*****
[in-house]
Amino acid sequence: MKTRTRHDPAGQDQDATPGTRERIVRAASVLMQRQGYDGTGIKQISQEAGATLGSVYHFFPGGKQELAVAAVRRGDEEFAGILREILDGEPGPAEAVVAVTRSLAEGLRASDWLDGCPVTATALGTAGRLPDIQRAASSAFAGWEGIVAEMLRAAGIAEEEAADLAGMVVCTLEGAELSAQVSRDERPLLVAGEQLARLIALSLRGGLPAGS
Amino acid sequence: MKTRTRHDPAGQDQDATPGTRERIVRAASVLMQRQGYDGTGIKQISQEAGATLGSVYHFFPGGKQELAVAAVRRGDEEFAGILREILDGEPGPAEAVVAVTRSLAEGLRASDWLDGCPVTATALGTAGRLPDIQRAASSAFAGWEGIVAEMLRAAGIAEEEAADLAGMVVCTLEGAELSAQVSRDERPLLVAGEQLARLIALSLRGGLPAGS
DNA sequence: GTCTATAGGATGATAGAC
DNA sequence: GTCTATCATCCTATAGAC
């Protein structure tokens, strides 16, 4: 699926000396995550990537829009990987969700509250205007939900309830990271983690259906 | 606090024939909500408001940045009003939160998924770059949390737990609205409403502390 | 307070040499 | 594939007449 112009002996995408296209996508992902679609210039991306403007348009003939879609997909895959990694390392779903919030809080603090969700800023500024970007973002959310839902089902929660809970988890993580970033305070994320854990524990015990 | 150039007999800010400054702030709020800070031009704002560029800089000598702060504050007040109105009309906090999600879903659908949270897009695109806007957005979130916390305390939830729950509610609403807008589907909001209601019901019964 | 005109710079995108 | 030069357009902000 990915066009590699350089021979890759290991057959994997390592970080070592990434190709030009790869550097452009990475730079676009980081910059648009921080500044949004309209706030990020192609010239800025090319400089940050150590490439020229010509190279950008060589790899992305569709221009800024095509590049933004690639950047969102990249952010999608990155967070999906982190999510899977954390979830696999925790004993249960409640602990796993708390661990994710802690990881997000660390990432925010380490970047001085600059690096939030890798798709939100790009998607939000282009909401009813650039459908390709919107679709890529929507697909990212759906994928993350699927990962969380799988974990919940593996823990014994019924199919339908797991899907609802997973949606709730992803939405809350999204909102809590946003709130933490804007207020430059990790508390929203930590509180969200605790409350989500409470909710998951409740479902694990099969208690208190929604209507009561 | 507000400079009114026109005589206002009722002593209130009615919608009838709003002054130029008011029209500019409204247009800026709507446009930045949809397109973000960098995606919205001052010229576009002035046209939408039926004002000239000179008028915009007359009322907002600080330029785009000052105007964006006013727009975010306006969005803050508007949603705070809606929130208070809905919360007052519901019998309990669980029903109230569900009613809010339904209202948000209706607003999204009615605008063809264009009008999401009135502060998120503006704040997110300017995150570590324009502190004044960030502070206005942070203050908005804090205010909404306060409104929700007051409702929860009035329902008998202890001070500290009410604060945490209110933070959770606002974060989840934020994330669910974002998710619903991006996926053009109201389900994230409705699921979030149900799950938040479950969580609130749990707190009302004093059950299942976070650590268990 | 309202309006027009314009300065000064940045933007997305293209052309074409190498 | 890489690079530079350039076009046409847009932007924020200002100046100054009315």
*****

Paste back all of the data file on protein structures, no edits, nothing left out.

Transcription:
[in-house]
Amino acid sequence: MKTRTRHDPAGQDQDATPGTRERIVRAASVLMQRQGYDGTGIKQISQEAGATLGSVYHFFPGGKQELAVAAVRRGDEEFAGILREILDGEPGPAEAVVAVTRSLAEGLRASDWLDGCPVTATALGTAGRLPDIQRAASSAFAGWEGIVAEMLRAAGIAEEEAADLAGMVVCTLEGAELSAQVSRDERPLLVAGEQLARLIALSLRGGLPAGS
Amino acid sequence: MKTRTRHDPAGQDQDATPGTRERIVRAASVLMQRQGYDGTGIKQISQEAGATLGSVYHFFPGGKQELAVAAVRRGDEEFAGILREILDGEPGPAEAVVAVTRSLAEGLRASDWLDGCPVTATALGTAGRLPDIQRAASSAFAGWEGIVAEMLRAAGIAEEEAADLAGMVVCTLEGAELSAQVSRDERPLLVAGEQLARLIALSLRGGLPAGS
DNA sequence: GTCTATAGGATGATAGAC
DNA sequence: GTCTATCATCCTATAGAC
């Protein structure tokens, strides 16, 4: 699926000396995550990537829009990987969700509250205007939900309830990271983690259906 | 606090024939909500408001940045009003939160998924770059949390737990609205409403502390 | 307070040499 | 594939007449 112009002996995408296209996508992902679609210039991306403007348009003939879609997909895959990694390392779903919030809080603090969700800023500024970007973002959310839902089902929660809970988890993580970033305070994320854990524990015990 | 150039007999800010400054702030709020800070031009704002560029800089000598702060504050007040109105009309906090999600879903659908949270897009695109806007957005979130916390305390939830729950509610609403807008589907909001209601019901019964 | 005109710079995108 | 030069357009902000 990915066009590699350089021979890759290991057959994997390592970080070592990434190709030009790869550097452009990475730079676009980081910059648009921080500044949004309209706030990020192609010239800025090319400089940050150590490439020229010509190279950008060589790899992305569709221009800024095509590049933004690639950047969102990249952010999608990155967070999906982190999510899977954390979830696999925790004993249960409640602990796993708390661990994710802690990881997000660390990432925010380490970047001085600059690096939030890798798709939100790009998607939000282009909401009813650039459908390709919107679709890529929507697909990212759906994928993350699927990962969380799988974990919940593996823990014994019924199919339908797991899907609802997973949606709730992803939405809350999204909102809590946003709130933490804007207020430059990790508390929203930590509180969200605790409350989500409470909710998951409740479902694990099969208690208190929604209507009561 | 507000400079009114026109005589206002009722002593209130009615919608009838709003002054130029008011029209500019409204247009800026709507446009930045949809397109973000960098995606919205001052010229576009002035046209939408039926004002000239000179008028915009007359009322907002600080330029785009000052105007964006006013727009975010306006969005803050508007949603705070809606929130208070809905919360007052519901019998309990669980029903109230569900009613809010339904209202948000209706607003999204009615605008063809264009009008999401009135502060998120503006704040997110300017995150570590324009502190004044960030502070206005942070203050908005804090205010909404306060409104929700007051409702929860009035329902008998202890001070500290009410604060945490209110933070959770606002974060989840934020994330669910974002998710619903991006996926053009109201389900994230409705699921979030149900799950938040479950969580609130749990707190009302004093059950299942976070650590268990 | 309202309006027009314009300065000064940045933007997305293209052309074409190498 | 890489690079530079350039076009046409847009932007924020200002100046100054009315």